The SPIE Scholarship Committee has selected 137 outstanding students to receive more than $350,000 in scholarships this year. The awards are based on students' potential to contribute to the field of optics and photonics or a related discipline.
To date, SPIE has distributed more than $3 million in scholarship funds, ranging from $2,000 to $11,000, to 1,905 students across 86 countries.
Top SPIE scholarship winners
Thomas Nesch, an engineering student at the University of Cambridge (UK), was awarded the $11,000 D.J. Lovell Scholarship, the Society's most prestigious scholarship. Nesch's project, a liquid-detecting sensor, garnered honors at the 2009 Intel International Science and Engineering Fair (ISEF), including awards from SPIE and GE Energy. A minor planet discovered by the Lincoln Near-Earth Asteroid Research project was named "25617 Thomasnesch," in recognition of his achievements at ISEF.
"The scholarship will help me finish my sensor project, particularly the optical distinction between water and ice," says Nesch. "I also plan to visit another SPIE meeting as this has brought me valuable contacts who can help me achieve my intentions."
Nutan Gautam, received the $10,000 John Kiel Scholarship, sponsored by SPIE. A doctoral student at the University of New Mexico (USA), Gautam is working on theoretical and experimental studies on type II strained layer superlattice materials useful for infrared imaging.
"I plan to make more students aware of the Society and the advantages of being a member," says Gautam who was vice president of the UNM SPIE Student Chapter in 2010. She will use her scholarship to help fund her research and attend conferences.
Evgeny (Eugene) Sholokhov, president of the Moscow Engineering Physics Institute SPIE Student Chapter, received the Laser Technology, Engineering, and Applications Scholarship. A postgraduate student at the Prokhorov General Physics Institute (Russian Federation), Sholokhov's recent achievement was the creation of the pulsed Ho-doped fiber laser with 2 kW output peak power at two micron wavelength.
"As far as I know, it is an absolute record for such lasers," says Sholokhov. The scholarship will help Sholokhov to develop a compact prototype of a holmium fiber laser.
Kathleen Adelsberger, a PhD student at the University of Rochester (USA), was awarded the Optical Design and Engineering Scholarship. Adelsberger's current research involves modifying the lens design process to incorporate computational imaging techniques.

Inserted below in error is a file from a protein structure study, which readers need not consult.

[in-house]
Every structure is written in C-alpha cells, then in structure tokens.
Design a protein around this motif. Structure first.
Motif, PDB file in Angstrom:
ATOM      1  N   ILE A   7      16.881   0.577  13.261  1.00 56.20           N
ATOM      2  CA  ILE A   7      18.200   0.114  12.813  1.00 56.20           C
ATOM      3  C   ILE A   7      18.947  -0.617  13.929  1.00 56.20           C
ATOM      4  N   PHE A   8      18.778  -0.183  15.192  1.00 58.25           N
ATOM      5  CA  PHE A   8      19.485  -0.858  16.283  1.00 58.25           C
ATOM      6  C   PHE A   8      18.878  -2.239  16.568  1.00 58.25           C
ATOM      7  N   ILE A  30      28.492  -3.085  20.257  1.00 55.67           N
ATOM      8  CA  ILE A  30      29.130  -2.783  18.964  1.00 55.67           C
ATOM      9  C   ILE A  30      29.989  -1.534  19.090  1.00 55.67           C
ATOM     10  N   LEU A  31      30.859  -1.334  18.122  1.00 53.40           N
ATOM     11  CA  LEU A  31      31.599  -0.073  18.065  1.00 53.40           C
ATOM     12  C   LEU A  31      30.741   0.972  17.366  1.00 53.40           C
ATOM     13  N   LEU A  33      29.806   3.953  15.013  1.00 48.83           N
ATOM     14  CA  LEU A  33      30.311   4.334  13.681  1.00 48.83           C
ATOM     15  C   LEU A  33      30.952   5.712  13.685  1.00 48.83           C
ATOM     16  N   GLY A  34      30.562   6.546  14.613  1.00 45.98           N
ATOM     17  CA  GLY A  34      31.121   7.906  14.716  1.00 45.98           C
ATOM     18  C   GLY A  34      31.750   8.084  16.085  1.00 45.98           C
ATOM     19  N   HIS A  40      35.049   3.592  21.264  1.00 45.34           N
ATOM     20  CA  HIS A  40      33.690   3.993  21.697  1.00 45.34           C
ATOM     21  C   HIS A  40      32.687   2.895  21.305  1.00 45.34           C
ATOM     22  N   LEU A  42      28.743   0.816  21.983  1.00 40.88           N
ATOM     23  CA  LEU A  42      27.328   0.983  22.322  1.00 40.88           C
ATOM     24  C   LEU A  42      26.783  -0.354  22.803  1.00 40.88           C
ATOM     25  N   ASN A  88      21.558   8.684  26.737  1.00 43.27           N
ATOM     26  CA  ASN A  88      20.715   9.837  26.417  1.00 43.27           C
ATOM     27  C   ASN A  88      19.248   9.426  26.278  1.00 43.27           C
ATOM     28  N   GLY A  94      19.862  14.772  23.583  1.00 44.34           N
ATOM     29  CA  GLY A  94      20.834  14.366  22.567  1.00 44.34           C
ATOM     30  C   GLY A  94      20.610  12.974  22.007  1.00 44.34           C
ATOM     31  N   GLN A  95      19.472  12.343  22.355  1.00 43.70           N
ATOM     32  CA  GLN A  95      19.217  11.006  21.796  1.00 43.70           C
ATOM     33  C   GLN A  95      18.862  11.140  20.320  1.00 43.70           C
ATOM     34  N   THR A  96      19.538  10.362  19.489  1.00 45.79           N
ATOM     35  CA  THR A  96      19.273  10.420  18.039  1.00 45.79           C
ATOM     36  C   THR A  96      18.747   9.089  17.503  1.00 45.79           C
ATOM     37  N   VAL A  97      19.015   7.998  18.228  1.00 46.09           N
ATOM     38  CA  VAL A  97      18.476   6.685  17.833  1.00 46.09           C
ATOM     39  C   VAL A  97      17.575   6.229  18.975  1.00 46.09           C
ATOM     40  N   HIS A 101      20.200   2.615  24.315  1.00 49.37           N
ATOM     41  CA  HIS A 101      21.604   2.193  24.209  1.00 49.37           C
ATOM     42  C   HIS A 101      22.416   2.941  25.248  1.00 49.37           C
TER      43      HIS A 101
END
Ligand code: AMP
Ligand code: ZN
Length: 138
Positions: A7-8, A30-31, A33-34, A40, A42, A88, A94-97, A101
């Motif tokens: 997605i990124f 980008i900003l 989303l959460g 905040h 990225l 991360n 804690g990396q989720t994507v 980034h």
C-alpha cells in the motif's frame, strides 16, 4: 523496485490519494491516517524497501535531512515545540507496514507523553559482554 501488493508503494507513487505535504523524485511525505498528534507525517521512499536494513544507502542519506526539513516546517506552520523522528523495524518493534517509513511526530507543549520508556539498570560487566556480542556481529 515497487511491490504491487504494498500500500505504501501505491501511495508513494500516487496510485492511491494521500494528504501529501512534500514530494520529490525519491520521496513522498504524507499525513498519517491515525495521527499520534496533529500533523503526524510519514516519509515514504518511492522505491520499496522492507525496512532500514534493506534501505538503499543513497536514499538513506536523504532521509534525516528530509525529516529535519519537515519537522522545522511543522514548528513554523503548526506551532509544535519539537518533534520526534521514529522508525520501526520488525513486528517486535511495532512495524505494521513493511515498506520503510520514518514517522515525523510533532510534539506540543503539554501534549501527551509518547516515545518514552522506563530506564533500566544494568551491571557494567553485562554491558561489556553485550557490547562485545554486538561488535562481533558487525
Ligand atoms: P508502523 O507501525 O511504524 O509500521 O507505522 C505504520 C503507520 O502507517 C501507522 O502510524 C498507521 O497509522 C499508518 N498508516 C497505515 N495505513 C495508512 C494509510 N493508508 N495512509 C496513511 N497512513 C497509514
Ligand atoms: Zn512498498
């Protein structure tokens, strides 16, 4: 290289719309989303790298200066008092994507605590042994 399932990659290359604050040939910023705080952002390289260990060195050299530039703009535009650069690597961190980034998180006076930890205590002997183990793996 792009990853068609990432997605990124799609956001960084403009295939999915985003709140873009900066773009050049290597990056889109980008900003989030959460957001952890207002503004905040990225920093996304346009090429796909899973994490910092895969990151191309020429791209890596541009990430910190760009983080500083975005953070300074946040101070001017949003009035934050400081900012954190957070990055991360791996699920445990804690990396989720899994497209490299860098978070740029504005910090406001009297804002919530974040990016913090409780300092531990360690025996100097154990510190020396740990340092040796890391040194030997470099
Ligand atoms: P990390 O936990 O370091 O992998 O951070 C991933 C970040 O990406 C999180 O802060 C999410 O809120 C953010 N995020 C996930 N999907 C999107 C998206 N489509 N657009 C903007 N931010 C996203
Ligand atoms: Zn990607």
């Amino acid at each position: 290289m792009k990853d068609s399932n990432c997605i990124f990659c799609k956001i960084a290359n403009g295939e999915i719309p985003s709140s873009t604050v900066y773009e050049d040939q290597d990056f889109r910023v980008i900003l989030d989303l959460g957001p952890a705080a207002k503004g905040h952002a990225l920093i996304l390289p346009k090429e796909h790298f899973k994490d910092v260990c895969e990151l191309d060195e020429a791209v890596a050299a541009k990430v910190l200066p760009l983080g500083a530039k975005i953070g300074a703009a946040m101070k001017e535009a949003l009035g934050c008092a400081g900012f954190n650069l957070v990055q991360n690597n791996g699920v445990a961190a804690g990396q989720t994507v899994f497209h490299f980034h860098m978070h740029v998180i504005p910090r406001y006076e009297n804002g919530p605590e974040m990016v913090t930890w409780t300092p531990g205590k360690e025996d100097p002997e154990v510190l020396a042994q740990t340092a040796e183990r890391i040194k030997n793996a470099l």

"Technology for electronics and digital image processing of optical systems has exploded," Adelsberger says, "while lens design methodology has remained almost entirely the same." Her goal is to develop a simultaneous system-wide design approach. She plans to use the scholarship to attend conferences and study all aspects of the system design process.
Germain Fenger is the winner of the BACUS Photomask Scholarship. A PhD researcher at Rochester Institute of Technology (USA), Fenger is working on photoresist-based aberration metrology for Extreme UV Lithography (EUVL).
"My research will consist of a modeling portion that will look at the impact of different aberrations on the ultimate performance of EUVL systems," says Fenger. The scholarship, sponsored by BACUS, SPIE's Photomask International Technical Group, will help offset the cost of simulation software and hardware needed for his project.
For more information on SPIE's scholarship program, a complete list of 2011 scholarship winners, and the criteria used by the SPIE Scholarship Committee in selecting recipients, visit spie.org/scholarships.
The deadline for submitting scholarship applications for 2012 is 15 February 2012.
Kyle Fuerschbach, right, a third-year PhD student at the University of Rochester (USA), receives the 2011 Michael Kidger Memorial Scholarship in Optical Design from Tina Kidger.
Fuerschbach is working on a new class of optical design forms based on non-symmetric and freeform surfaces.
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